U2 Vertigo – Melbourne 2

Bono, U2 Vertigo, Telstra Dome, Melbourne 2006

Gallery: U2 Vertigo

After 4 shows of queueing to get into the ellipse, it was a nice relaxed drive to the underground car park, and then up to our seats at Telstra Dome.

Having originally bought these tickets for March, at that time Ally was nearly 7 months pregnant. Standing in GA not an option, so we had a crew of 11 people up on Level 2 of Telstra Dome in reserved seats. The 4 ticket limit imposed by Ticketmaster meant that we were split into 3 groups, but all one bay apart.

So while the A Reserve seats were closer, we opted for B Reserve seats as they were front on to the stage. Past history at the Echo Dome states that you really don’t want to be off to the side (something others backed up after the show). So although a fair way back from the stage, the sound was really good.

After the brilliance of last night, I was pretty confident that through the combination of reserved seats and the distance from the stage this was going to be a very different experience. I was looking forward to seeing the show from a totally different angle, the stage becoming the centrepiece rather than the band themself.

Up close, the mammoth video screen doesn’t have a huge effect – it’s pixellated and not the centre of attention. Further back however, it comes into its own.  From the minute it flickered into action during City Of Blinding Lights, I knew that this was going to be a very different show. Midnight Oil’s ex frontman Peter Garrett was by the stage tonight, something the band acknowledged by throwing a few lines from their song Beds Are Burning onto the end of Vertigo.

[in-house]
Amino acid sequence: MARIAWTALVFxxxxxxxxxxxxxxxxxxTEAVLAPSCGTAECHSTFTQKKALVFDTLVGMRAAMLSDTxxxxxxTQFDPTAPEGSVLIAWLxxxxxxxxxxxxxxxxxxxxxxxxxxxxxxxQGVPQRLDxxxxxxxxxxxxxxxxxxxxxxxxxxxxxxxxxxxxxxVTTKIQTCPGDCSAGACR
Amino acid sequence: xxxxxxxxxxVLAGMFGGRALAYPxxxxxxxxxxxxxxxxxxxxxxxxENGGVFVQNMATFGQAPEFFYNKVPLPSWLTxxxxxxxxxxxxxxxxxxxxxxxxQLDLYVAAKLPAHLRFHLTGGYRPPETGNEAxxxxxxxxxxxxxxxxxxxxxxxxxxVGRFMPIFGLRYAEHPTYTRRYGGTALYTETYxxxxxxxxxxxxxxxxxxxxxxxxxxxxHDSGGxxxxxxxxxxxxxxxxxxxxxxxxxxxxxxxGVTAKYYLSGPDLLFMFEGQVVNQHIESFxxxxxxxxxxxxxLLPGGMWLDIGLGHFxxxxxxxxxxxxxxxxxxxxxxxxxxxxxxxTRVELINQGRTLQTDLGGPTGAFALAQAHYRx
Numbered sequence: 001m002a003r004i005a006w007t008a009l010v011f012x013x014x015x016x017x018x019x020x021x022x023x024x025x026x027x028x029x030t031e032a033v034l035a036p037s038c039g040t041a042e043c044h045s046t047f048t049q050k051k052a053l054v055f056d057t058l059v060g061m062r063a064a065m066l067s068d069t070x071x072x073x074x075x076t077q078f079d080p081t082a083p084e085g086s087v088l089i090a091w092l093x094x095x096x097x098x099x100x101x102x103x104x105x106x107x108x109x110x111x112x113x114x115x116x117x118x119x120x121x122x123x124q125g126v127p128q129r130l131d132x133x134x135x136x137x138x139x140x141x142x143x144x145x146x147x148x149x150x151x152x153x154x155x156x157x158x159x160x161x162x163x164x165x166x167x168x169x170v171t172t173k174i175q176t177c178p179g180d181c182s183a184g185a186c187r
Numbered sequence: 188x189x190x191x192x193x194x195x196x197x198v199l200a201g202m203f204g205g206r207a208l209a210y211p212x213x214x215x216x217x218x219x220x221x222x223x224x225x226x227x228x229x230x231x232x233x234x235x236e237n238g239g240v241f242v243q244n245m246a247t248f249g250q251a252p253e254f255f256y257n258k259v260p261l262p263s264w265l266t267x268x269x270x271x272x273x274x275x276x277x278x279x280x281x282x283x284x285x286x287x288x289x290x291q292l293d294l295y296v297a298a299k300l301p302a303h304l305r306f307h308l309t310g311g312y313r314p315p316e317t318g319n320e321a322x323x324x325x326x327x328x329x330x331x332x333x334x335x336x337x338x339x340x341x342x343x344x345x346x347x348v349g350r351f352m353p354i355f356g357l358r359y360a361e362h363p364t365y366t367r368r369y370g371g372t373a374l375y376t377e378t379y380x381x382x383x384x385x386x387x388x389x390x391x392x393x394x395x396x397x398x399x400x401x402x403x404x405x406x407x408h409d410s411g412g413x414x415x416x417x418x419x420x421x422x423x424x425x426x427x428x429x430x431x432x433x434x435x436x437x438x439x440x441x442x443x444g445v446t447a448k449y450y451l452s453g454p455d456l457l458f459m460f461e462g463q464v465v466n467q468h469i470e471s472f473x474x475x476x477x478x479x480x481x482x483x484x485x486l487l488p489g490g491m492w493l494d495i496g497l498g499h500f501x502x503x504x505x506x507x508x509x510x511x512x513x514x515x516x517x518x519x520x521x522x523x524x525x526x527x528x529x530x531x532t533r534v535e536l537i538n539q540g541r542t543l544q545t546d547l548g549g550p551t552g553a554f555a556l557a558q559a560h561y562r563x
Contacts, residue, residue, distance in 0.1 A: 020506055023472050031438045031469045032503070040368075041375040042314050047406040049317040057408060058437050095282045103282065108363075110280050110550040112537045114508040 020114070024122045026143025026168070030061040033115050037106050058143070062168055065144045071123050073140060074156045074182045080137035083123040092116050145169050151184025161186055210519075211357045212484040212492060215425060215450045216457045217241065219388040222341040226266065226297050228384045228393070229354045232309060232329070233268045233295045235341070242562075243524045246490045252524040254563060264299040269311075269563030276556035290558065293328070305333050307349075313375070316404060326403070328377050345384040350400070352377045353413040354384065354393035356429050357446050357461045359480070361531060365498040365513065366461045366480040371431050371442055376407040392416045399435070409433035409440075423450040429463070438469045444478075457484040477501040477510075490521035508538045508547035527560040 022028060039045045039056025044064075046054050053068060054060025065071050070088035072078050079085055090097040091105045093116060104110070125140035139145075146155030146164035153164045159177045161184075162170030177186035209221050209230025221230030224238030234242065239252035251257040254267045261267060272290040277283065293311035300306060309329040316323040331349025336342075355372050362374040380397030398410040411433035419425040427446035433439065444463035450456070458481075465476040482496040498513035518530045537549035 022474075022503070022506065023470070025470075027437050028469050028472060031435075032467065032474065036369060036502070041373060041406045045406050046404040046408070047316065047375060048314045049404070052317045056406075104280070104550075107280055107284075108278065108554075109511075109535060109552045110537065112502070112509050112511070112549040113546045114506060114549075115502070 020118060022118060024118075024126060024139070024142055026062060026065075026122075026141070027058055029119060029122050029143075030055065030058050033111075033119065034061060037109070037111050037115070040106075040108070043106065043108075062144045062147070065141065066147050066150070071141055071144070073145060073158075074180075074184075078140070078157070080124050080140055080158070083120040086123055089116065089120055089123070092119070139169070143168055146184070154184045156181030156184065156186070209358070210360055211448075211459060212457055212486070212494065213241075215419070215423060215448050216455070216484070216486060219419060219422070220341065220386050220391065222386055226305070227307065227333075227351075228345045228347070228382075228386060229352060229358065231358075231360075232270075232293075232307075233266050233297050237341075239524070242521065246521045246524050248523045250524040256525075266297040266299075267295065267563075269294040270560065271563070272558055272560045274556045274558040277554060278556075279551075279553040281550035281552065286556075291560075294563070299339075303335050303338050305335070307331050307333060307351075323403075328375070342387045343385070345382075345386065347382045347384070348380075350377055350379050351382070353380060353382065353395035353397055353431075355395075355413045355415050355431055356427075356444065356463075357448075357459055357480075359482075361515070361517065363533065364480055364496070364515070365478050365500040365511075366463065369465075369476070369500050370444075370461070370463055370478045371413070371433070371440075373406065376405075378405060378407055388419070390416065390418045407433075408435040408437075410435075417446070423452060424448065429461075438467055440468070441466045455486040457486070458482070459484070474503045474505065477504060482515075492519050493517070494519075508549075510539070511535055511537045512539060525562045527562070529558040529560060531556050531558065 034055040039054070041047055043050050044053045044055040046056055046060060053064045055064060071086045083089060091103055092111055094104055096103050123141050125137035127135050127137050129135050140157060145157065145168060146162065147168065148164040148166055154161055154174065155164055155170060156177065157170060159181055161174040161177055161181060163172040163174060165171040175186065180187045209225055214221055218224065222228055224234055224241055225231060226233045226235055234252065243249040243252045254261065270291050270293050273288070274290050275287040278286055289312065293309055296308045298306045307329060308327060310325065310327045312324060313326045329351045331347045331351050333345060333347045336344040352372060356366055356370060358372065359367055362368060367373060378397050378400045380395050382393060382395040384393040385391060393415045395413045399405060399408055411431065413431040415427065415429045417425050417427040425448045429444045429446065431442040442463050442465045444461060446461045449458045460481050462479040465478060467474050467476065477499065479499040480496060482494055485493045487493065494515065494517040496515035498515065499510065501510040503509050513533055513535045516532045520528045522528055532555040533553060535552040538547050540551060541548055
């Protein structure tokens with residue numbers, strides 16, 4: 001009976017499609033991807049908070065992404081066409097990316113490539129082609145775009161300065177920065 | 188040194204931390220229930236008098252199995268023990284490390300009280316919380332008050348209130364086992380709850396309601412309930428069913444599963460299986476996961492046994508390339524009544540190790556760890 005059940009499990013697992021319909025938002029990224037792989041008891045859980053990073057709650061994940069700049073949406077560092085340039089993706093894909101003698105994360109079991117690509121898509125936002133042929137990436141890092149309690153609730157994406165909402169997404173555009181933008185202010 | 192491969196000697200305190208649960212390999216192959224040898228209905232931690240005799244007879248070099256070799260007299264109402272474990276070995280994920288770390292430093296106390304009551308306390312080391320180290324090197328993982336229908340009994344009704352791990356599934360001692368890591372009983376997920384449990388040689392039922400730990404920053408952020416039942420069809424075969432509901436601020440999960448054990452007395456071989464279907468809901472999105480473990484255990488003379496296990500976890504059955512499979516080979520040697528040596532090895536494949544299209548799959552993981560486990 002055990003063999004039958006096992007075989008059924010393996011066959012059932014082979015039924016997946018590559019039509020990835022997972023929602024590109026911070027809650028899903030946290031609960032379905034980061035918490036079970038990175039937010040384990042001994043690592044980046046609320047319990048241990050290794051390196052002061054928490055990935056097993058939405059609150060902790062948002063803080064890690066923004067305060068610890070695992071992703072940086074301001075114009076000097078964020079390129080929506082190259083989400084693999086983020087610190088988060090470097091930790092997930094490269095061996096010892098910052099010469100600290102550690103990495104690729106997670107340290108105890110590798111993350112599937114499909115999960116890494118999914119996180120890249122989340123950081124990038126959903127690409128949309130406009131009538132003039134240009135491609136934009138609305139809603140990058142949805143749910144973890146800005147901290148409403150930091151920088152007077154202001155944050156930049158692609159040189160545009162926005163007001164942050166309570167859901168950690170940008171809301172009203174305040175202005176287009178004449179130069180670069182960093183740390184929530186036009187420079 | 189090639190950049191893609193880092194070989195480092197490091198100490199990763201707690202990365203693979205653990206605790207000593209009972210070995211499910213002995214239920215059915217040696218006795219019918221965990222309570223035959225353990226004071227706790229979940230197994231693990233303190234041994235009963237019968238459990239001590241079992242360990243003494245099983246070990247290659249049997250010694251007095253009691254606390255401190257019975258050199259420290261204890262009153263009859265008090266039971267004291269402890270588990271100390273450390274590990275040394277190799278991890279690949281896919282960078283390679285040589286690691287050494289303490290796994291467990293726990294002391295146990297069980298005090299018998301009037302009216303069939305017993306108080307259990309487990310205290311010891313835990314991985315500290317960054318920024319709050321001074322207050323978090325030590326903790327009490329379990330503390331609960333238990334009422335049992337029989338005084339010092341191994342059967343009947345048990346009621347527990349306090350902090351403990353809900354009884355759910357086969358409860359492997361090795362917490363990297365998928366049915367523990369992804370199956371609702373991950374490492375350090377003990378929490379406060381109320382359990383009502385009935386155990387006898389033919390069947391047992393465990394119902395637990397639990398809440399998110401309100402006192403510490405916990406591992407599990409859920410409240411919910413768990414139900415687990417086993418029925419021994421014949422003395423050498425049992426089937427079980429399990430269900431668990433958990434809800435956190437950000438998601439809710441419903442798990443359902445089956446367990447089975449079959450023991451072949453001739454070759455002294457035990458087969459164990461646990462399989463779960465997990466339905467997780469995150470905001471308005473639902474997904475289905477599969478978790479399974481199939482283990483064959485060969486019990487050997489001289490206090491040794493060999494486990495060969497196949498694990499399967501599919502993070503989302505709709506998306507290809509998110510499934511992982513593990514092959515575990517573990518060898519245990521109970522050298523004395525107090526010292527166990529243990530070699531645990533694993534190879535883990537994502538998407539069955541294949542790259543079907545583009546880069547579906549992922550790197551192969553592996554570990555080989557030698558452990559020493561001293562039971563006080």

Until The End Of The World was back in the early part of the set – a song that really works well and has been a live staple for U2 despite never being a single. It’s Edge’s guitar playing on show. Another huge solo out on the B-stage sounded amazing, and it was good to be able to see him. Our seats had a direct line between the repeater speaker and lighting tower and Edge, so when at his pedal board on the main stage we couldn’t see a lot of him.

Angel Of Harlem was a bit of a talking point – it’s a song that’s not quite found a home in the set, jumping from encore to main set and back again, but this time it was memorable for another reason. Towards the end of Beautiful Day, Edge’s guitar started sounding – in Bono’s words – “a bit furry”. This continued into Angel Of Harlem. Truth be told it sounded like he was playing it through one of the guitar leads I use in my study, which has been rolled over by desk chair castors at least 85 times. Edge’s guitar tech Dallas Schoo sorted it out, but at the end of the song it was time to switch to acoustic mode.

Thankfully, Stuck In A Moment was a casualty tonight, with the band throwing in their first offering from 1993’s Zooropa for this leg of the tour: the real curveball of The First Time. Played beautifully, it temporarily separated the fans from the interested parties. Never a single, never heard on radio, it was great to hear such a beautiful song in such a big stadium. Originally I thought this had been played as filler to allow time to get “the problems in Edgeworld” fixed up, but it turns out it was on the setlist from the beginning.